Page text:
The provision of marine ecosystem services (ES) and the well-being of people who rely on these services are being altered at an increasing rate. The complex social-ecological interactions involved, the diversity of ES provided by marine ecosystems, and the possibility of abrupt and surprising changes, make it necessary to understand the social, economic, cultural and governance changes that are occurring, as well as further changes that might be required to achieve conservation and sustainability goals, for example as set out in the European Marine Strategy Framework Directive (MSFD) in Europe, the Magnuson-Stevens Act in the USA, or the Fisheries Act in Canada.
These policy initiatives concerning fisheries and ocean governance aim to protect the re-source base upon which marine-related economic and social activities depend, and achieve "Good Environmental Status" (GES). In addition, these initiatives promote the development of robust methods that can be able to assess the different ES providing visually explicit tools (e.g. maps) that are easily interpreted. Indeed, possible conflicts in the different uses of the ocean could arise to the difficulties in explicitly communicating the trade-offs of ES among sectors.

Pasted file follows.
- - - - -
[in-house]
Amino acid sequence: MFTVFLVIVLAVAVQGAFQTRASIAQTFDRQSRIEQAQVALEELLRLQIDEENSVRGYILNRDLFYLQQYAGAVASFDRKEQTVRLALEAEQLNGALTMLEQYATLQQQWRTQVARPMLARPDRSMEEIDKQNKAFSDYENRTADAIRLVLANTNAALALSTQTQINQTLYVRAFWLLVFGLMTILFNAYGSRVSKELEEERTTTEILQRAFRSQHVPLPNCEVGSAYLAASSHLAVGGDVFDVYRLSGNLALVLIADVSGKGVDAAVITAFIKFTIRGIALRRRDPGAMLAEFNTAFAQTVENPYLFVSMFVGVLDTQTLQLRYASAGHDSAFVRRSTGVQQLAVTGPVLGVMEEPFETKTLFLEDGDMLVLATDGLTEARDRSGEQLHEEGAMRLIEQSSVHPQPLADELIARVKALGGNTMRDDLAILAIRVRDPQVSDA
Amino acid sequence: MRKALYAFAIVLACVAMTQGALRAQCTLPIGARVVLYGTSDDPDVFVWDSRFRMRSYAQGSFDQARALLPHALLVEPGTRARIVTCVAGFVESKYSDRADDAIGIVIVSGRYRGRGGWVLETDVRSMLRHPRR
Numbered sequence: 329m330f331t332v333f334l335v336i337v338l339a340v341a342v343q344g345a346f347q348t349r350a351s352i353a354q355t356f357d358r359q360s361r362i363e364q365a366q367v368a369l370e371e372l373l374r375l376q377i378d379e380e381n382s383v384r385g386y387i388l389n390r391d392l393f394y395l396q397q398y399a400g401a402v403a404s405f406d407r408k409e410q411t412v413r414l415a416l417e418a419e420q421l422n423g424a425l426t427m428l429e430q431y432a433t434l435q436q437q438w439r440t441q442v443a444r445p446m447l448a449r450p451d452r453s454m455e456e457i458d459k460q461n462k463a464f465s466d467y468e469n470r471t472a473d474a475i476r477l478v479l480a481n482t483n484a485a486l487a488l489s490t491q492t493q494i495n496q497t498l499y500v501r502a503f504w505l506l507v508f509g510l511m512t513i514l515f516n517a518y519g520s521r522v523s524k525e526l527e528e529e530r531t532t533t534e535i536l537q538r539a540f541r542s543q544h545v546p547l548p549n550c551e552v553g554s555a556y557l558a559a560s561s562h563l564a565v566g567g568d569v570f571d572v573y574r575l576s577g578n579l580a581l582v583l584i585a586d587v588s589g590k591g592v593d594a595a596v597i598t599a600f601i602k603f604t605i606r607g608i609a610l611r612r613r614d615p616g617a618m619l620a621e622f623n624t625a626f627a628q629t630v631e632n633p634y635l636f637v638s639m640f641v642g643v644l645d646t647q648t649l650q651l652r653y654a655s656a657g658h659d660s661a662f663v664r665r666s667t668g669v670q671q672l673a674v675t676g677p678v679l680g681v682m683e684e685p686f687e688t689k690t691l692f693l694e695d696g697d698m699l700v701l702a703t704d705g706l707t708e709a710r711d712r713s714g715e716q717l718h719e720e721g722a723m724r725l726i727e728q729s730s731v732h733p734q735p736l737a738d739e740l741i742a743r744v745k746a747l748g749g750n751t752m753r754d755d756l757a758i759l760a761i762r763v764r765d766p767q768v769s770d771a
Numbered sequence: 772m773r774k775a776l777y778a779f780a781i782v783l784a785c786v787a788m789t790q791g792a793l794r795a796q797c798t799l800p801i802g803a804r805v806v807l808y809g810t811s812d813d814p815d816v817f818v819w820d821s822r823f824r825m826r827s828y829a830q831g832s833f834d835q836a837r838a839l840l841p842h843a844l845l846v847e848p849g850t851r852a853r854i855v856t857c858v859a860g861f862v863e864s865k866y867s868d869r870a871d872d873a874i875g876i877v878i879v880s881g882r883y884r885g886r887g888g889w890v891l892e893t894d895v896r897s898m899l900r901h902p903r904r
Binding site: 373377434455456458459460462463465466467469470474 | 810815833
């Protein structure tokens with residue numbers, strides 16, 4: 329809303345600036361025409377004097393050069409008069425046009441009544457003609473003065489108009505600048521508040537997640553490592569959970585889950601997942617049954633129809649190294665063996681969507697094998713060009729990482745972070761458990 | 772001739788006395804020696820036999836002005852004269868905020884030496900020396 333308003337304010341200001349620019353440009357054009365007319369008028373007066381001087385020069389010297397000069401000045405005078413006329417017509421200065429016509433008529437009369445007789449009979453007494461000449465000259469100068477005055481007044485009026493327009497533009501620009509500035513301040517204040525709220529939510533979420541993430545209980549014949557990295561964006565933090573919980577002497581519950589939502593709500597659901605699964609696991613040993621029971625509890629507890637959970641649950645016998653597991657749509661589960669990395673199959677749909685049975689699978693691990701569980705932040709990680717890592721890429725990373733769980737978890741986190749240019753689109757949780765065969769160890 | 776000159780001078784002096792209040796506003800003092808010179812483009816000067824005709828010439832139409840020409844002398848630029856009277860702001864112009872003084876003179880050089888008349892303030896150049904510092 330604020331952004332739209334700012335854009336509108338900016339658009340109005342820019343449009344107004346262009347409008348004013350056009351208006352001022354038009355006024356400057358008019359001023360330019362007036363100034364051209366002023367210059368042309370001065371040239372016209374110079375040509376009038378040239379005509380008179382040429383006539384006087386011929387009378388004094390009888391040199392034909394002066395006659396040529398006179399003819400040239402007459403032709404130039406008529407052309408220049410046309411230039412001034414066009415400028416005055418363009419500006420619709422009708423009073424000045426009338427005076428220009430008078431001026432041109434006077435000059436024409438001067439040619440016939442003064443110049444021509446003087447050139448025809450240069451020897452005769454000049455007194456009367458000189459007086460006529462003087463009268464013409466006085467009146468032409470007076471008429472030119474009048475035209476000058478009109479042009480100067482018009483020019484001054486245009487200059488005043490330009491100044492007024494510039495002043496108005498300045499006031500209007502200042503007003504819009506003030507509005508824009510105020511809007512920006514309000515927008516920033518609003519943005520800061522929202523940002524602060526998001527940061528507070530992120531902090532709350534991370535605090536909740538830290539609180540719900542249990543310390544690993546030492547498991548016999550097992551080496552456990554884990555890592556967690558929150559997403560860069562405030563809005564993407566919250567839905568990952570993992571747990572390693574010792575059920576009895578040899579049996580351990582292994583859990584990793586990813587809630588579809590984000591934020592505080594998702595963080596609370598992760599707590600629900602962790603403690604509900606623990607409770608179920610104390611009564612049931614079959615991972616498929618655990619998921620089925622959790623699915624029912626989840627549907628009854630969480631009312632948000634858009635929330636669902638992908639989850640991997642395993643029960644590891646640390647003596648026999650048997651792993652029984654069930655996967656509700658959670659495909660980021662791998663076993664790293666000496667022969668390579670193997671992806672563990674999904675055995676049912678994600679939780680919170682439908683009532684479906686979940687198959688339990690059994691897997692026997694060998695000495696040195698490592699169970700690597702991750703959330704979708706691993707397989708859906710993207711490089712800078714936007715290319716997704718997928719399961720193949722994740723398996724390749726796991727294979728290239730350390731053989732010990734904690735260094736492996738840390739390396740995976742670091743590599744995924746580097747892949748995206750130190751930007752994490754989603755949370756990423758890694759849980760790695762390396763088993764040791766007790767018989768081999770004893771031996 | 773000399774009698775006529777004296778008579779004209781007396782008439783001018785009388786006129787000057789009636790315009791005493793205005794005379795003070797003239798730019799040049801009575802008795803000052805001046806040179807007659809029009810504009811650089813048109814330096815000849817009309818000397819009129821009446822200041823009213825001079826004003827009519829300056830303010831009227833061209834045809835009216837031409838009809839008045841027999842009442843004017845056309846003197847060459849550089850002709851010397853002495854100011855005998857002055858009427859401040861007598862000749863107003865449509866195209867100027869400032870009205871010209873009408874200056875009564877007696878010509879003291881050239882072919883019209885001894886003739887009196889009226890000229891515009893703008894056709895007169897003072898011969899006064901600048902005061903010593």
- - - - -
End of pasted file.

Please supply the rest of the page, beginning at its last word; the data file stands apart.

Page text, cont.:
Given the increasing relevance of marine ES and management in providing goods and services for humans, this Theme Session will include papers on the social, economic, cultural and institutional changes needed to achieve GES.
Presentations are welcome on the following topics: